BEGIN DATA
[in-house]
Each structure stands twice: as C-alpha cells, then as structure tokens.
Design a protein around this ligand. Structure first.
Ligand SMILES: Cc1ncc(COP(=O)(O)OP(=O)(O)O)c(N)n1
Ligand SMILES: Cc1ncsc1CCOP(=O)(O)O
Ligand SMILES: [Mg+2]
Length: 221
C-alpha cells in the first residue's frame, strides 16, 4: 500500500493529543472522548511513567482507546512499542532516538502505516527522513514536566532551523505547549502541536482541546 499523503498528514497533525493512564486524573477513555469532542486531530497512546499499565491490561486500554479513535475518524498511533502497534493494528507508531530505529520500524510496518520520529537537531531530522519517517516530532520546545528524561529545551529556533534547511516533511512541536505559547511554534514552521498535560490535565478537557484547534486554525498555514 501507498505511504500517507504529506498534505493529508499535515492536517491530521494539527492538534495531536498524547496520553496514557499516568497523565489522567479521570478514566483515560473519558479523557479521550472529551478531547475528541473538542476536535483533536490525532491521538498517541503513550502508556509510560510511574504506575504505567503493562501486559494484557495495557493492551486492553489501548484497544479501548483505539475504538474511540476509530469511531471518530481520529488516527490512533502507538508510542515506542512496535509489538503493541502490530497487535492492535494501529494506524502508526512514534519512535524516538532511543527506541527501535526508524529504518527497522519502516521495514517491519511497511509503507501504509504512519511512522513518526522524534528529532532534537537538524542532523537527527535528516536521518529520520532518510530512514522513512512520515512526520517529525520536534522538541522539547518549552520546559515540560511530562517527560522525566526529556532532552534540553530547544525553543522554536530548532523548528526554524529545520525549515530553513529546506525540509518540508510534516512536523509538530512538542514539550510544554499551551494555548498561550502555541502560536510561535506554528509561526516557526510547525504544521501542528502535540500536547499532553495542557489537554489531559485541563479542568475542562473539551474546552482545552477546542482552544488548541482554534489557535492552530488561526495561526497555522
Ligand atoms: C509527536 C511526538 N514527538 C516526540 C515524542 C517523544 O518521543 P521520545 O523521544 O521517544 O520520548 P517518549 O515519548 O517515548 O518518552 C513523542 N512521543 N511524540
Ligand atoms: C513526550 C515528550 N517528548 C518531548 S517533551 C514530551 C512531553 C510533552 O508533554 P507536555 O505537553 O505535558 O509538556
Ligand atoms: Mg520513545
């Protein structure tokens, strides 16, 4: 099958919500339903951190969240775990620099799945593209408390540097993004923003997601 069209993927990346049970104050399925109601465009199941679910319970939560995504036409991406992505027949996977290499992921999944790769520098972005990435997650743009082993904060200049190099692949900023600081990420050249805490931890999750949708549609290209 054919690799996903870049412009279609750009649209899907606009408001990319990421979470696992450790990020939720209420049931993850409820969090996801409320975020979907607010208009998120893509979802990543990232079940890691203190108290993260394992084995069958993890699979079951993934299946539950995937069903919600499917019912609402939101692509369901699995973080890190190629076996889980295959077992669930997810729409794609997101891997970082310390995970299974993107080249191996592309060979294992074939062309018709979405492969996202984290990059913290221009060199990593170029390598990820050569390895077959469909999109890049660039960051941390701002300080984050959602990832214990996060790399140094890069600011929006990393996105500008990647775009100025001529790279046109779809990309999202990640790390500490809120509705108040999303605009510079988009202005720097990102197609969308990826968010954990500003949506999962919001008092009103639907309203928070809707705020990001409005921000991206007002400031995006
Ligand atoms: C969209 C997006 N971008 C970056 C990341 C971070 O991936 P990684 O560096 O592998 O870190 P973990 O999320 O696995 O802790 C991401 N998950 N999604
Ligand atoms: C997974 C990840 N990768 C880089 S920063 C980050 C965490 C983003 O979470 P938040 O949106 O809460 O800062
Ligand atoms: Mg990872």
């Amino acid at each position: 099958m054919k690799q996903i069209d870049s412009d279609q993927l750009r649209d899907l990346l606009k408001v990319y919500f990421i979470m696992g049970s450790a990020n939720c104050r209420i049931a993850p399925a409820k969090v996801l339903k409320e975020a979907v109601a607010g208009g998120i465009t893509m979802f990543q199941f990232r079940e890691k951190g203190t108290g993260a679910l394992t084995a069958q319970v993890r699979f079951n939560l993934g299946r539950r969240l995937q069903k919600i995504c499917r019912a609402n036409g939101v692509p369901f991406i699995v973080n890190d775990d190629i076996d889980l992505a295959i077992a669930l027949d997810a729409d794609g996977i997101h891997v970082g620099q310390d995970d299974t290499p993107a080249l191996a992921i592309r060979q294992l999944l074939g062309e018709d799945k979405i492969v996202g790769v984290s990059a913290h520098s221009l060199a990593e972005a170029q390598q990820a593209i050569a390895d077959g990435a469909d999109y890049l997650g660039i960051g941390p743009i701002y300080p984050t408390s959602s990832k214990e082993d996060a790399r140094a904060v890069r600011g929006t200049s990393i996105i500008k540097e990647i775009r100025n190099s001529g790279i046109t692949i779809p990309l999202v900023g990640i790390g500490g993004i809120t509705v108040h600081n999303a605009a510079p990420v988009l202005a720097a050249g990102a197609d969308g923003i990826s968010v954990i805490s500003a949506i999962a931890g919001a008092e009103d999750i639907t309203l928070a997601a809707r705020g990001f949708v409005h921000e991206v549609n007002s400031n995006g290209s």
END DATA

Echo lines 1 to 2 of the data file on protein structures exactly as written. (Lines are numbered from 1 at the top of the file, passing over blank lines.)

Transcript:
[in-house]
Each structure stands twice: as C-alpha cells, then as structure tokens.